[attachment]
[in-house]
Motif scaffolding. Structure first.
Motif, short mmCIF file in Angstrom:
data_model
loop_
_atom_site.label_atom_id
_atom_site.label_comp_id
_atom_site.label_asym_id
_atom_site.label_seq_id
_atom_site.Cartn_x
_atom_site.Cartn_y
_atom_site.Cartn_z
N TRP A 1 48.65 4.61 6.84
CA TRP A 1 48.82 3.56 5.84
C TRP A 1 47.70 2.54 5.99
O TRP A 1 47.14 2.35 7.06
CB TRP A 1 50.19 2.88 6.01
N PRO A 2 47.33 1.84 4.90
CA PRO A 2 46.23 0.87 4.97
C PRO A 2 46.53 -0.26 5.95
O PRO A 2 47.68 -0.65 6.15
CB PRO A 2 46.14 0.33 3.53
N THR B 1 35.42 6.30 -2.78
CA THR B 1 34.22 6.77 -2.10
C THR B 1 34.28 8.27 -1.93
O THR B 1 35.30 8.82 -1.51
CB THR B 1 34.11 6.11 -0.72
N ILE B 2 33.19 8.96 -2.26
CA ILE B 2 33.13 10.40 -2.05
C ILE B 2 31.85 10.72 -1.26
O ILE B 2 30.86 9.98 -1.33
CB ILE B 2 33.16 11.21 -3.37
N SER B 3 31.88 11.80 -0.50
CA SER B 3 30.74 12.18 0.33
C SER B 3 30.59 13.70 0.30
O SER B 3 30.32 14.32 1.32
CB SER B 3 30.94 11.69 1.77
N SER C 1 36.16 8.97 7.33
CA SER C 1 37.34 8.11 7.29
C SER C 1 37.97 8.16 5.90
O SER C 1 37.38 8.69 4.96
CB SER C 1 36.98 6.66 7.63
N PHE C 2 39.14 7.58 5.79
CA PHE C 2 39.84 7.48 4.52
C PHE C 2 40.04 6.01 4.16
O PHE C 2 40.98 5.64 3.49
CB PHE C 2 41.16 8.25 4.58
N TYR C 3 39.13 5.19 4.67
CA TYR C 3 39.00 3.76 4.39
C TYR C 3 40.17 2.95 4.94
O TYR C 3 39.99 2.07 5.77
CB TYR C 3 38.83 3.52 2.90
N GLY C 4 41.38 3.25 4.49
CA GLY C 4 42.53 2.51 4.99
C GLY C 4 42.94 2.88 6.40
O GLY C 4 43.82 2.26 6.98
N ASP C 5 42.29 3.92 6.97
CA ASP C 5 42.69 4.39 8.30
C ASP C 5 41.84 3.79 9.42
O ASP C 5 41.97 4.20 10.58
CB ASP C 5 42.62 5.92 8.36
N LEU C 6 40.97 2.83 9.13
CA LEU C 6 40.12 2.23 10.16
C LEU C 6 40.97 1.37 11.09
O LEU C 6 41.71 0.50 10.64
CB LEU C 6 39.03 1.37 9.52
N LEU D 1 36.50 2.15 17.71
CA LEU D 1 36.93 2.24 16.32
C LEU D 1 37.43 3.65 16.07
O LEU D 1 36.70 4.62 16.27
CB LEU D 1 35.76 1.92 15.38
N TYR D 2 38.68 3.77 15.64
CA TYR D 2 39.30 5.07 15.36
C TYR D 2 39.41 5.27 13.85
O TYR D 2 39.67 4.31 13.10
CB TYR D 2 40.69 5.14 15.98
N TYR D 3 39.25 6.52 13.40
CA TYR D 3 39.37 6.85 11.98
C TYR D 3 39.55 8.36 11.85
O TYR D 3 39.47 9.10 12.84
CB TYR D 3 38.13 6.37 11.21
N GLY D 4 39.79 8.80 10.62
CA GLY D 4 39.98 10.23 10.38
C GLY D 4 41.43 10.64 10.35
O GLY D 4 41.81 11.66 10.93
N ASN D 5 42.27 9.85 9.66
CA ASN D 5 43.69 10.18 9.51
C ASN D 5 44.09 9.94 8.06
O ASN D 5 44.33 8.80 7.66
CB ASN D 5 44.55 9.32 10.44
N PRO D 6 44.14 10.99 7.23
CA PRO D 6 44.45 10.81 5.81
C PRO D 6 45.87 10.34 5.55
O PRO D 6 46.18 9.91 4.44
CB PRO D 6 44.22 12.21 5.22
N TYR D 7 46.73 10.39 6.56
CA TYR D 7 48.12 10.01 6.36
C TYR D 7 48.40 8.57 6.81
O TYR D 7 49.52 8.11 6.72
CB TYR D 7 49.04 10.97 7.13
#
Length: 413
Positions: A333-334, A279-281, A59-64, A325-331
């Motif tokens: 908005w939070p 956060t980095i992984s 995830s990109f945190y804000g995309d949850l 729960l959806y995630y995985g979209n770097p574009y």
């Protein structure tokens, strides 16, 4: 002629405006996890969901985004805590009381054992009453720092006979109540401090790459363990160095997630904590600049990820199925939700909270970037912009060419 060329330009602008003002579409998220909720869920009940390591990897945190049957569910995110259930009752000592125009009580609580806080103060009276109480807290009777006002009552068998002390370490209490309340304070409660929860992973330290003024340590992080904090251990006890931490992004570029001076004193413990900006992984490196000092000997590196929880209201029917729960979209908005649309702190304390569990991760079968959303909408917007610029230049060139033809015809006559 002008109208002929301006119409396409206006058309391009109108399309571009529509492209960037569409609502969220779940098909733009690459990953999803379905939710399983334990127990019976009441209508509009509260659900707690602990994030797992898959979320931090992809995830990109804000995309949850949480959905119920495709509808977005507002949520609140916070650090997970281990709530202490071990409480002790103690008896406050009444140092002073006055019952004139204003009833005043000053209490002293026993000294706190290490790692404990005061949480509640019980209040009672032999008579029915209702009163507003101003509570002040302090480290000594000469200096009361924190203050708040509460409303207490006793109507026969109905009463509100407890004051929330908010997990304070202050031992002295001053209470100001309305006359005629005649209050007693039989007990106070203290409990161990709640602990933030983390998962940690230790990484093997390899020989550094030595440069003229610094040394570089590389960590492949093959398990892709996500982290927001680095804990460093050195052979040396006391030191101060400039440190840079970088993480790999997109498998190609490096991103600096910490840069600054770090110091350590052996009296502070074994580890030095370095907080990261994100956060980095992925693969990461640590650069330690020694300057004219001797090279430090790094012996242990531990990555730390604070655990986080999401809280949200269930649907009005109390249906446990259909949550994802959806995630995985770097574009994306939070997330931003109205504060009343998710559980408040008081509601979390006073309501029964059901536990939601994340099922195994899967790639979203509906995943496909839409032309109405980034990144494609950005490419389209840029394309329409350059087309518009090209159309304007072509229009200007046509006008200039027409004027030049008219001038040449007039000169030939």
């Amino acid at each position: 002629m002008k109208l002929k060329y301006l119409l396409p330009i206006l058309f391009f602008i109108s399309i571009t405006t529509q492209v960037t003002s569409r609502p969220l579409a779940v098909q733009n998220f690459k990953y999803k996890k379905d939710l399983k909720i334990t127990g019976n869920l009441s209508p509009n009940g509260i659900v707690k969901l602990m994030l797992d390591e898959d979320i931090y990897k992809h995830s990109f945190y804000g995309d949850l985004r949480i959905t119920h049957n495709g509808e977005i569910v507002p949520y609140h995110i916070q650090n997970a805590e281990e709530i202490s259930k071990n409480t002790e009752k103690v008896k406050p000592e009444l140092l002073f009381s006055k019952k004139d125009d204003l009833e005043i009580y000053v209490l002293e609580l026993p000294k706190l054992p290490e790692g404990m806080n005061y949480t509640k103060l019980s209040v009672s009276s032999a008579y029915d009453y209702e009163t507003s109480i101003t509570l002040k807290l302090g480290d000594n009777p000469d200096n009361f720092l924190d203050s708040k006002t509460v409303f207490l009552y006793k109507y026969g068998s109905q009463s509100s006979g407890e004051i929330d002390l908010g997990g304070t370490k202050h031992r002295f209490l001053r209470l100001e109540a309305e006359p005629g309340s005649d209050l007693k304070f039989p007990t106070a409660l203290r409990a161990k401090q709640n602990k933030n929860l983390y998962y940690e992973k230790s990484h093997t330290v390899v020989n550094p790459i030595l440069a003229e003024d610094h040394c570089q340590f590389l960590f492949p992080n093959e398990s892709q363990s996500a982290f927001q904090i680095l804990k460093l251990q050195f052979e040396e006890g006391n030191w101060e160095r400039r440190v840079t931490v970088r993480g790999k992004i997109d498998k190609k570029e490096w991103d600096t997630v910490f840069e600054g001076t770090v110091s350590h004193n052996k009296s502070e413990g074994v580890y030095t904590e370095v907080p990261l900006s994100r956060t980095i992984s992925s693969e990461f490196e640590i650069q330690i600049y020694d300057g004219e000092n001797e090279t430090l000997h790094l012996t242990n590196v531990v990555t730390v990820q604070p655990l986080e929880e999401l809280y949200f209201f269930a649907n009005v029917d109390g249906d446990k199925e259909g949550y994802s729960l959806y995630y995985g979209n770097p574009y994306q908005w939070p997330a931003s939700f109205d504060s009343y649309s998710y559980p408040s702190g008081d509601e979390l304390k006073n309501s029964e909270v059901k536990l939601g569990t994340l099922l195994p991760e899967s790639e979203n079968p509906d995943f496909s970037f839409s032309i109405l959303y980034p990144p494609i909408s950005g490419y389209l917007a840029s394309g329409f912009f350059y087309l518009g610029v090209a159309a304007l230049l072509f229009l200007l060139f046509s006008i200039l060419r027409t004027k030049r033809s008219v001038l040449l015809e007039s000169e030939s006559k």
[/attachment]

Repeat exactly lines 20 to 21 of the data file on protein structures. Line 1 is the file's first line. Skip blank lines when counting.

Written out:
C PRO A 2 46.53 -0.26 5.95
O PRO A 2 47.68 -0.65 6.15